More broadly, Ryan was channeling a growing anxiety among his colleagues (and the party more broadly) that, if House Democrats don’t find a way to loosen caucus elders’ death grip on the levers of power, junior members will grow ever-more frustrated about their lack of upward mobility––and the entire team will be consigned to permanent minority status.
Age can be a delicate subject on the Hill, where many lawmakers dig in and serve until they have, let us say, lost a step or two. (I’ll spare you the details of the time an ancient Senator got muddled and commanded a colleague of mine to escort him to the potty.) But pretty much everyone agrees that there are downsides to having a trio of mid-septuagenarians—Pelosi at 76, Steny Hoyer at 77, and James Clyburn at 76—locking up the top three spots indefinitely.
For starters, it doesn’t exactly portray Dems as the party of the future. “When you have the top three leaders in the House in their mid 70s, optically it’s probably not great,” says a former top House leadership aide—who, like most folks I spoke with, asked for anonymity on this ticklish topic. (By way of contrast, on the Republican side of the chamber, Speaker Paul Ryan is 46, while Majority Leader Kevin McCarthy and chief whip Steve Scalise are both 51.)
This can be particularly frustrating for younger members looking to shake things up, said Moran. “They’re looking at leadership that is not just of their parents age, it is of their grandparents’ age, for some of them.”
The situation is not limited to the top slots, clarifies the former House aide. The caucus relies heavily on seniority when doling out chairmanships to, say, the Steering Committee and the Policy and Communications Committee (which handles messaging), as well as when choosing ranking members of committees like Appropriations and Judiciary. “So you have people who are long in the tooth who have been there forever as the ranking members on these key committees,” said the former aide.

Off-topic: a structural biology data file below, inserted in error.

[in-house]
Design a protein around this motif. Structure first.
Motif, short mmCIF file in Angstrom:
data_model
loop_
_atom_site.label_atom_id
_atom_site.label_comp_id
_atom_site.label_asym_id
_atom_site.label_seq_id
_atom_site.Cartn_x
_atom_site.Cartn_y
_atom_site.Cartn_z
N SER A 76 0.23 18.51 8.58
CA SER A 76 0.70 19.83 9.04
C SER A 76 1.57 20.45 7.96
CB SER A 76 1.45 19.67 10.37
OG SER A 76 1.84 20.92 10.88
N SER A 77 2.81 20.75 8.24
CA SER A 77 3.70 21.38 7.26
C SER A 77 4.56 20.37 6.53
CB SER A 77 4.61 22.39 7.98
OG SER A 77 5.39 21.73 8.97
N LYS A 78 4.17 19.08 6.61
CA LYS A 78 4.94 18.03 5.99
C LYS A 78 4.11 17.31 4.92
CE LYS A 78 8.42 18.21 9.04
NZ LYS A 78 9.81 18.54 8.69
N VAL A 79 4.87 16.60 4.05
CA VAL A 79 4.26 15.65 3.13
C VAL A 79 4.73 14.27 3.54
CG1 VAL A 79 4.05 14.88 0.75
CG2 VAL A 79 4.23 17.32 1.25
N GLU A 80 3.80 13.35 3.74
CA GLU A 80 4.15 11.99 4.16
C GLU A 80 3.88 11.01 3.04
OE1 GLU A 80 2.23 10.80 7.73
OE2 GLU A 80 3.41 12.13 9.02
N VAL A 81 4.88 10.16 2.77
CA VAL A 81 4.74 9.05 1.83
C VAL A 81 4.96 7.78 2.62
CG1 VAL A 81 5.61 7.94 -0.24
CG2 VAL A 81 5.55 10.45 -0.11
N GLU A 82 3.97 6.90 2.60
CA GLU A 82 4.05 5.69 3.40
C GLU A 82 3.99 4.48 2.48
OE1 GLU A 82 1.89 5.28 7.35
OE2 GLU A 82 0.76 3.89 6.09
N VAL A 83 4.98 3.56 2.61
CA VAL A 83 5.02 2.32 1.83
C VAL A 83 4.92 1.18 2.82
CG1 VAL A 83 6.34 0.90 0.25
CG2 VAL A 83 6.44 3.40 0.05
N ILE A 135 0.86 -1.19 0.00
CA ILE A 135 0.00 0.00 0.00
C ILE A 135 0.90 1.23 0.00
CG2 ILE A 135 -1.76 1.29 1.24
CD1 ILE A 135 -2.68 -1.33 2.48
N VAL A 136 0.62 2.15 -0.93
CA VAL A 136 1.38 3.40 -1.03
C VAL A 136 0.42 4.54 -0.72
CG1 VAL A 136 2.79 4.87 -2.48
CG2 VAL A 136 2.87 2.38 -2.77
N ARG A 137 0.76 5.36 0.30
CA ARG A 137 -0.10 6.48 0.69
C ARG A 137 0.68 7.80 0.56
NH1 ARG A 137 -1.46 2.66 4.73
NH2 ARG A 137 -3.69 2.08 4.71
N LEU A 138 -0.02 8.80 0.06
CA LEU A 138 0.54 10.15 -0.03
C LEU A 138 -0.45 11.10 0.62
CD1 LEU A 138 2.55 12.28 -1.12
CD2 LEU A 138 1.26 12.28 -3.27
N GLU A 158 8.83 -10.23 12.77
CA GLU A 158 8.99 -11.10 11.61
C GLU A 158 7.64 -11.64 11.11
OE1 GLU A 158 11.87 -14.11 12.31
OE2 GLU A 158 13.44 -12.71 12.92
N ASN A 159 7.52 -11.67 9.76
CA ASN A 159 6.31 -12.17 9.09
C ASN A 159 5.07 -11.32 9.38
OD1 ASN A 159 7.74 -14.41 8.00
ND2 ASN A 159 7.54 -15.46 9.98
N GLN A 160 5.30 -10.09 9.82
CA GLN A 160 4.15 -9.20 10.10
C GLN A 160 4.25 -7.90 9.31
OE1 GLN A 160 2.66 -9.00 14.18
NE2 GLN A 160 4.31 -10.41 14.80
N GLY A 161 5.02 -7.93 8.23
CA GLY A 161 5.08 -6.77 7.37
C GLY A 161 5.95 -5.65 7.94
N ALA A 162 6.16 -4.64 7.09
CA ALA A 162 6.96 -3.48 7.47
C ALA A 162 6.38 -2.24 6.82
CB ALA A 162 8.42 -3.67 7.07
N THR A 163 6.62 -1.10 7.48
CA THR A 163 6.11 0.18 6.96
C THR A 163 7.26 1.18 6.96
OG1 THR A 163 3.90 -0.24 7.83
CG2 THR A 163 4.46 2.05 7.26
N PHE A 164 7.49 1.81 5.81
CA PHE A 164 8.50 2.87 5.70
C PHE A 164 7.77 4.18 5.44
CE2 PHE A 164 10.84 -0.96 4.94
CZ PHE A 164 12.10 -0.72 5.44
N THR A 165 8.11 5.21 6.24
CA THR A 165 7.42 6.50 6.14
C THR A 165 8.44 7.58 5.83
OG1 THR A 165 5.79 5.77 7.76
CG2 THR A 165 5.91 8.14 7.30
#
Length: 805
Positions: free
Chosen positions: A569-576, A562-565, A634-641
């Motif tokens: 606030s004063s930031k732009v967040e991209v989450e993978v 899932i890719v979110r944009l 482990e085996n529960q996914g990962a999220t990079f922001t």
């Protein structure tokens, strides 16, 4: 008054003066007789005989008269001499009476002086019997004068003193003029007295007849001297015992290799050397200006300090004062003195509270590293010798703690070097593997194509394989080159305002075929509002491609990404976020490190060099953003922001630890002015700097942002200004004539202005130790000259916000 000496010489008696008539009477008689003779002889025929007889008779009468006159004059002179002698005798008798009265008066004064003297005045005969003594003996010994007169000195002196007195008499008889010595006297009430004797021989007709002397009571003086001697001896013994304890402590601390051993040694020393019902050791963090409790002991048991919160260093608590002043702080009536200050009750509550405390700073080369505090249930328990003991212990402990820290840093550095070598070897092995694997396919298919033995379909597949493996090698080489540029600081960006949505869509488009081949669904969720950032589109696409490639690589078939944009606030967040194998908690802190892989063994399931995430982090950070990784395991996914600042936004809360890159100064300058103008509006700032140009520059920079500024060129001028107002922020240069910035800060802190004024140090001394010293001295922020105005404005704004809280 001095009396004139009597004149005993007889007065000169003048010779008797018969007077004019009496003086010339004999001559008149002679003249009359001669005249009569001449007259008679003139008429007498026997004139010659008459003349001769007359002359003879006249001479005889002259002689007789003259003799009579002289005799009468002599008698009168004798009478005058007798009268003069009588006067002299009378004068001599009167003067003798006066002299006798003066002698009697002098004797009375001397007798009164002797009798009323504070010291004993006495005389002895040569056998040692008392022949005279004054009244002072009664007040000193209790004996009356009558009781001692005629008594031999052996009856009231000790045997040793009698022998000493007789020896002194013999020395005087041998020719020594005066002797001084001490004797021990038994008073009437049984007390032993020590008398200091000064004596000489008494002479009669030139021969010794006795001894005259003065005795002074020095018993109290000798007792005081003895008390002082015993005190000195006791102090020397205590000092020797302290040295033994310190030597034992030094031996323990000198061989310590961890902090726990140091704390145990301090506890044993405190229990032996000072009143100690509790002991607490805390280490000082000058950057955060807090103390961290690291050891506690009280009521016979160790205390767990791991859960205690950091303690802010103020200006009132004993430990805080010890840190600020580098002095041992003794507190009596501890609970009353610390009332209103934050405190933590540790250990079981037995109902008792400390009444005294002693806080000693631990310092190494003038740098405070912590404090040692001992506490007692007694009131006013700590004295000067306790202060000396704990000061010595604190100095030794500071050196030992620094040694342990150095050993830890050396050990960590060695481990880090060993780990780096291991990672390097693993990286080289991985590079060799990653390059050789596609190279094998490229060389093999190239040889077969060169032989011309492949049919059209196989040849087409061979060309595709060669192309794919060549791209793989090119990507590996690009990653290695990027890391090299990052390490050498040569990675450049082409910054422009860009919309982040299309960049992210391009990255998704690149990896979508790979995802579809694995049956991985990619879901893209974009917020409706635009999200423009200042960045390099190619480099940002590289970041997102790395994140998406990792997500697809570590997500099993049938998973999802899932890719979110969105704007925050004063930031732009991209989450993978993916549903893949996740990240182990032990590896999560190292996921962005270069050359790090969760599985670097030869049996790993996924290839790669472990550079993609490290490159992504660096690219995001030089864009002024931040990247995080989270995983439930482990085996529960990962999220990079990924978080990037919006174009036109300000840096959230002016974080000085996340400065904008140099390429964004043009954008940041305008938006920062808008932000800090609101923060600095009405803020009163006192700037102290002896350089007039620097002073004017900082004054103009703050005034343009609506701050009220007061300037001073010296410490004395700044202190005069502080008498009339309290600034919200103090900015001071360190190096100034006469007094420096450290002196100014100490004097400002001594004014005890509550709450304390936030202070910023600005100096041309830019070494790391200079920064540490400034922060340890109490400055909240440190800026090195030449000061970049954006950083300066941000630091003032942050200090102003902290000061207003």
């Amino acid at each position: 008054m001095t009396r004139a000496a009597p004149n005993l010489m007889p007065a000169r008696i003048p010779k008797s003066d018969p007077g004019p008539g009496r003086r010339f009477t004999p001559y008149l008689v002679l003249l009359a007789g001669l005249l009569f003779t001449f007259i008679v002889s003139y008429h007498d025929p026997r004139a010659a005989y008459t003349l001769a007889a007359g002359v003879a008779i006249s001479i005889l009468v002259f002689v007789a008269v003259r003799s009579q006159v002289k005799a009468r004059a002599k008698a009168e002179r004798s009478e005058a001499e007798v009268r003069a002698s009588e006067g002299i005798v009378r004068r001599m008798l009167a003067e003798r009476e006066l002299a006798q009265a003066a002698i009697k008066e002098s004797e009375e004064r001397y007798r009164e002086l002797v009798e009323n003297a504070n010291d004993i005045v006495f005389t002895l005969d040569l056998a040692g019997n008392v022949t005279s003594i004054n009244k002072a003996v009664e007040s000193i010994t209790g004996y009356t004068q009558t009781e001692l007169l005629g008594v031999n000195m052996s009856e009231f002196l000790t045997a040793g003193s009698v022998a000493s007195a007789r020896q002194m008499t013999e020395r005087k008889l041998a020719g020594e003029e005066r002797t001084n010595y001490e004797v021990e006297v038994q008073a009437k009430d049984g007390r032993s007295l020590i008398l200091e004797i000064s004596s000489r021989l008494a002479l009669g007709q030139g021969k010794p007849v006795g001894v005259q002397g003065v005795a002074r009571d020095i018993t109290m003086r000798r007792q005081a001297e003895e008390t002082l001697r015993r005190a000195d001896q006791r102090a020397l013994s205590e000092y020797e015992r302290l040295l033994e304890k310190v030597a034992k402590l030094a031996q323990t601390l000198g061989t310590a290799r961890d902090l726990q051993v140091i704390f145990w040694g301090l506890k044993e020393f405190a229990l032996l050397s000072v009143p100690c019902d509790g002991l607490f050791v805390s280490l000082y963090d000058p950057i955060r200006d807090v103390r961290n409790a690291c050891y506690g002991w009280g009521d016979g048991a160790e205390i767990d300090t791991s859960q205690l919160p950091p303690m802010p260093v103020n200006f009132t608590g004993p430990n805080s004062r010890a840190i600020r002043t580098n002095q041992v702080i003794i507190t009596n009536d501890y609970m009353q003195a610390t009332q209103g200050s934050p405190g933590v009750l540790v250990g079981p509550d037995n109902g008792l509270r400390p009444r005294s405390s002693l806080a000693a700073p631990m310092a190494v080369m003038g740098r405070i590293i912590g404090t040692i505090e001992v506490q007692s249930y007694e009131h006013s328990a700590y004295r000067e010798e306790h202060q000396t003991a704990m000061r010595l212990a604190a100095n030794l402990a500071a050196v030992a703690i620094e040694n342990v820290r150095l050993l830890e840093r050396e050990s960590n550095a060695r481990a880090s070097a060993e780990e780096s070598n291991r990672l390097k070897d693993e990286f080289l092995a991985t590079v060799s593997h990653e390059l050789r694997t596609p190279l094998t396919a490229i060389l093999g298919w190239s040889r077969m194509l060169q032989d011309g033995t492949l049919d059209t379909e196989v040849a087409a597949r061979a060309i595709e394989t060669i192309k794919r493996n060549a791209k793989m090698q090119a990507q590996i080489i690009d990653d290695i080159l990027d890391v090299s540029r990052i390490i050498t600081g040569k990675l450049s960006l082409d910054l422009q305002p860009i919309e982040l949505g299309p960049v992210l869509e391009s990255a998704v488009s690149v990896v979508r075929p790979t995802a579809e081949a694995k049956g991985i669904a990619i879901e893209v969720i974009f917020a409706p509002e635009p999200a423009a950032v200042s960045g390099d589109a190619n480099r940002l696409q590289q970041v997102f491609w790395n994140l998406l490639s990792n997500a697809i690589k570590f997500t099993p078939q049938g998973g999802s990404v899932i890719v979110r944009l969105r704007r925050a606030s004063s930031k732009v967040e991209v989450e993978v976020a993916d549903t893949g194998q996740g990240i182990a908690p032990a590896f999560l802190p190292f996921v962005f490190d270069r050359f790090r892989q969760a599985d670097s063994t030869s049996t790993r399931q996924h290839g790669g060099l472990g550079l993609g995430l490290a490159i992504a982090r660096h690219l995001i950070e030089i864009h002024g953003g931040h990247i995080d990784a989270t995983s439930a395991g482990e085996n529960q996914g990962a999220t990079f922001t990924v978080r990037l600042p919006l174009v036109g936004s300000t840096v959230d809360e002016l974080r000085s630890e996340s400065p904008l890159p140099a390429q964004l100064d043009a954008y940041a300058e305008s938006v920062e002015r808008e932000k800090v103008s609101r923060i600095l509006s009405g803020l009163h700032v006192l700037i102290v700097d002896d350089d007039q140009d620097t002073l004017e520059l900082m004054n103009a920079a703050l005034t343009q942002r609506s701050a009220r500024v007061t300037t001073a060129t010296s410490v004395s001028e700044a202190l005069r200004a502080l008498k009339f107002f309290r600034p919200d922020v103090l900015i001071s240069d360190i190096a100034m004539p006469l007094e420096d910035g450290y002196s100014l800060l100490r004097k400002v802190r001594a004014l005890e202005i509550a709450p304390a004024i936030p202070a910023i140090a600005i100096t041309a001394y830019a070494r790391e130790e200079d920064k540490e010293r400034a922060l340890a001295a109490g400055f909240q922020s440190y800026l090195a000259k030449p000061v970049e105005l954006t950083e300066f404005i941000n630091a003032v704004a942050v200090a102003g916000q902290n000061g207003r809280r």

“Younger members feel there’s no visible path to leadership,” said Moran, who retired from the House in 2015 after 12 terms. “And I don’t know that they’re necessarily looking for power, but they’re looking for more influence.”
Indeed, the broader problem isn’t age so much as stagnation. Pelosi has been the top Democrat for 14 years, with Hoyer and Clyburn as her numbers 2 and 3 since 2010. On the upside, this makes for an experienced leadership team, which Pelosi supporters cite as particularly valuable heading into a period of unified Republican rule. But there are downsides as well, especially in terms of the party’s longer-term health.
“With Congresswoman Pelosi and Congressmen Hoyer and Clyburn all atop there for so long, it has led to all sorts of complications,” said a former Senate leadership staffer who also wished to remain nameless to avoid the wrath of Pelosi et al. Combine that top-level blockage with limited turnover among ranking members of the committees, and it starts to impede up-and-comers ’ ability to, well, up and come. “There’s not only a lack of strong bench within caucus, it’s leading in part to a lack of a strong bench in the national party,” said the former staffer. For example, junior members have trouble gaining the experience and profile to return home and run for governor.